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Children with Autism are more likely to be bullied at school and at home

Posted July 22, 2019

If you’ve ever been bullied, you know how terrible it is. Bullies pick on everything – from your appearance to your financial status or even some little quirks of your personality. Scientists from the University of York conducted a major study and found that children with autism are more likely to be bullied by both their siblings and their peers, which means they are getting attacked both at school and at home.

Children with autism are much more likely to be bullied both by their peers and their siblings. Image credit: Senior Airman Tabatha Zarrella via Wikimedia

The study included more than 8,000 children, more than 231 of which had autism. Participants had to answer some questions about how often they were picked on or hurt on purpose by their siblings and peers. Scientists found that by the age of 11 two thirds of children with autism have been picked on by their siblings – twice the rate of the children without autism disorder. This means that children with autism could not feel entirely safe at school or even at homes, often being bullied by their classmates and siblings.

By the age of 14 the rates of bullying declined in both groups. However, even at this age children with autism were much more likely to be bullied. Interestingly, children with autism were actually more likely to be involved in two-way sibling bullying – as a victim and a perpetrator. One of characteristics of autism is difficulty to conduct normal social interactions, which explains why these children face challenges when trying to bond with their peers and siblings. One of the reasons conflicts emerge is competition for parental attention. Children with autism need more care and attention, which makes their siblings jealous and competitive. This is why scientists decided to involve parents in this study as well.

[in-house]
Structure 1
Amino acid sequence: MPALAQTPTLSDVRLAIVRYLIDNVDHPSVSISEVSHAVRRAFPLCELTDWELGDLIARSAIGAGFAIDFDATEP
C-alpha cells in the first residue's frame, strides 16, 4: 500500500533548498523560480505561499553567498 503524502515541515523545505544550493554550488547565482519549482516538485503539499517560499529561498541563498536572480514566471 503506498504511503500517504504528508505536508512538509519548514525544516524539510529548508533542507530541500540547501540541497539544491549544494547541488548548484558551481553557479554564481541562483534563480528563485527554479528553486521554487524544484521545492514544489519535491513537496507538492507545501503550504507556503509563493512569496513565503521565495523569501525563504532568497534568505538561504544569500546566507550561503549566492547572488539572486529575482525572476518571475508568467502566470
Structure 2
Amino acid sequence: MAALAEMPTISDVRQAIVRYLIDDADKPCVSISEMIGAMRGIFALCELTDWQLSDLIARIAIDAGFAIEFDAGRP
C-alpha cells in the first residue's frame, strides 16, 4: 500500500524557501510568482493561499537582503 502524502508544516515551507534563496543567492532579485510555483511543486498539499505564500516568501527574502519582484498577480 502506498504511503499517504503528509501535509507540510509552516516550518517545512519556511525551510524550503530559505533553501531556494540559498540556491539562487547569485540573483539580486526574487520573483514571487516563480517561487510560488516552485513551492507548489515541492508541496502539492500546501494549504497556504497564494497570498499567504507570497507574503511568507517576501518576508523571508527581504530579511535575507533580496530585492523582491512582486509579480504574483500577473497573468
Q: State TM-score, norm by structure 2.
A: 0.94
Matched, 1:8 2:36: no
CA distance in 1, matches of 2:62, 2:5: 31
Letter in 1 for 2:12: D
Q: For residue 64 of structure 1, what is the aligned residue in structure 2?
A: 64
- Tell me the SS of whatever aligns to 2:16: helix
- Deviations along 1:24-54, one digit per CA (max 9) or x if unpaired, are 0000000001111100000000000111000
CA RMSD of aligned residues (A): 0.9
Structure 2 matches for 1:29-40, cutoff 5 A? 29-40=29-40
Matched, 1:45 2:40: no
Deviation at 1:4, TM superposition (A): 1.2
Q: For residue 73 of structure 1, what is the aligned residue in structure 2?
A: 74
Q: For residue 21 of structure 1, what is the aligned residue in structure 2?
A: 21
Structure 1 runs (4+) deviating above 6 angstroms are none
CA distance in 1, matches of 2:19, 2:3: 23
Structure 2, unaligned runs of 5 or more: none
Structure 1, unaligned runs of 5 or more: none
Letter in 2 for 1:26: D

Parents were asked about their children’s emotional and behavioural difficulties. Scientists found that children involved in sibling bullying were more likely to experience emotional and behavioural difficulties, regardless if they did or did not have autism. Bullying disproportionally affects children with autism, which calls for action.  Dr Umar Toseeb, lead author of the study, said: “Parents should be aware of the potential long term consequences of sibling bullying on children’s mental health and wellbeing. Persistent conflicts between siblings may be indicative of sibling bullying and this should not be viewed as a normal part of growing up”.

Parents are able to stop the bullying in their houses. They need to pay more attention to the wellbeing of their children and put effort into recognizing emerging conflicts between siblings. Those with autism should be especially taken care of to make sure they are feeling ok hanging out with peers and with siblings.


Source: University of York

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